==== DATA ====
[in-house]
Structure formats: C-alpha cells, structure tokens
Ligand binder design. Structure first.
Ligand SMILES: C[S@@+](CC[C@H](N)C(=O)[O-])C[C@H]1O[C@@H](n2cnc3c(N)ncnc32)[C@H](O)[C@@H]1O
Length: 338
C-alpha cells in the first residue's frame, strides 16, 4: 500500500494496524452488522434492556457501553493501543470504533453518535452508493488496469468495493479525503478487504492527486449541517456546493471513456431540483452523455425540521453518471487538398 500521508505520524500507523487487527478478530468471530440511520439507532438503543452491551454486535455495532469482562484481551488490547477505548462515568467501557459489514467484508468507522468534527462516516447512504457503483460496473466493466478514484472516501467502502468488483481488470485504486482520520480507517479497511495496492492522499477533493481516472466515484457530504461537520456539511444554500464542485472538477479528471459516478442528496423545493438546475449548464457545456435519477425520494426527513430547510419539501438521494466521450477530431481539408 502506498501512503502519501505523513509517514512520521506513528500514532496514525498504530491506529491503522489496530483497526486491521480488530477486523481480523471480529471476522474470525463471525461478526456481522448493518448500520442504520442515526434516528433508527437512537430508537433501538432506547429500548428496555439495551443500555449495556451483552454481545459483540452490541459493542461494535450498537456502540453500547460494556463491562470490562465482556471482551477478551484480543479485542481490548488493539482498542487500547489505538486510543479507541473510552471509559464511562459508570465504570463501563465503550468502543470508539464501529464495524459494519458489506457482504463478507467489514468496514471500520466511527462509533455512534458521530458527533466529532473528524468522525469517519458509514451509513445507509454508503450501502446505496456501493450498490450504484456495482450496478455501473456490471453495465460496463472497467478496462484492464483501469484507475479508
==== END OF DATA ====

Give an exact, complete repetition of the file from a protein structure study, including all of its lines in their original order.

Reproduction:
[in-house]
Structure formats: C-alpha cells, structure tokens
Ligand binder design. Structure first.
Ligand SMILES: C[S@@+](CC[C@H](N)C(=O)[O-])C[C@H]1O[C@@H](n2cnc3c(N)ncnc32)[C@H](O)[C@@H]1O
Length: 338
C-alpha cells in the first residue's frame, strides 16, 4: 500500500494496524452488522434492556457501553493501543470504533453518535452508493488496469468495493479525503478487504492527486449541517456546493471513456431540483452523455425540521453518471487538398 500521508505520524500507523487487527478478530468471530440511520439507532438503543452491551454486535455495532469482562484481551488490547477505548462515568467501557459489514467484508468507522468534527462516516447512504457503483460496473466493466478514484472516501467502502468488483481488470485504486482520520480507517479497511495496492492522499477533493481516472466515484457530504461537520456539511444554500464542485472538477479528471459516478442528496423545493438546475449548464457545456435519477425520494426527513430547510419539501438521494466521450477530431481539408 502506498501512503502519501505523513509517514512520521506513528500514532496514525498504530491506529491503522489496530483497526486491521480488530477486523481480523471480529471476522474470525463471525461478526456481522448493518448500520442504520442515526434516528433508527437512537430508537433501538432506547429500548428496555439495551443500555449495556451483552454481545459483540452490541459493542461494535450498537456502540453500547460494556463491562470490562465482556471482551477478551484480543479485542481490548488493539482498542487500547489505538486510543479507541473510552471509559464511562459508570465504570463501563465503550468502543470508539464501529464495524459494519458489506457482504463478507467489514468496514471500520466511527462509533455512534458521530458527533466529532473528524468522525469517519458509514451509513445507509454508503450501502446505496456501493450498490450504484456495482450496478455501473456490471453495465460496463472497467478496462484492464483501469484507475479508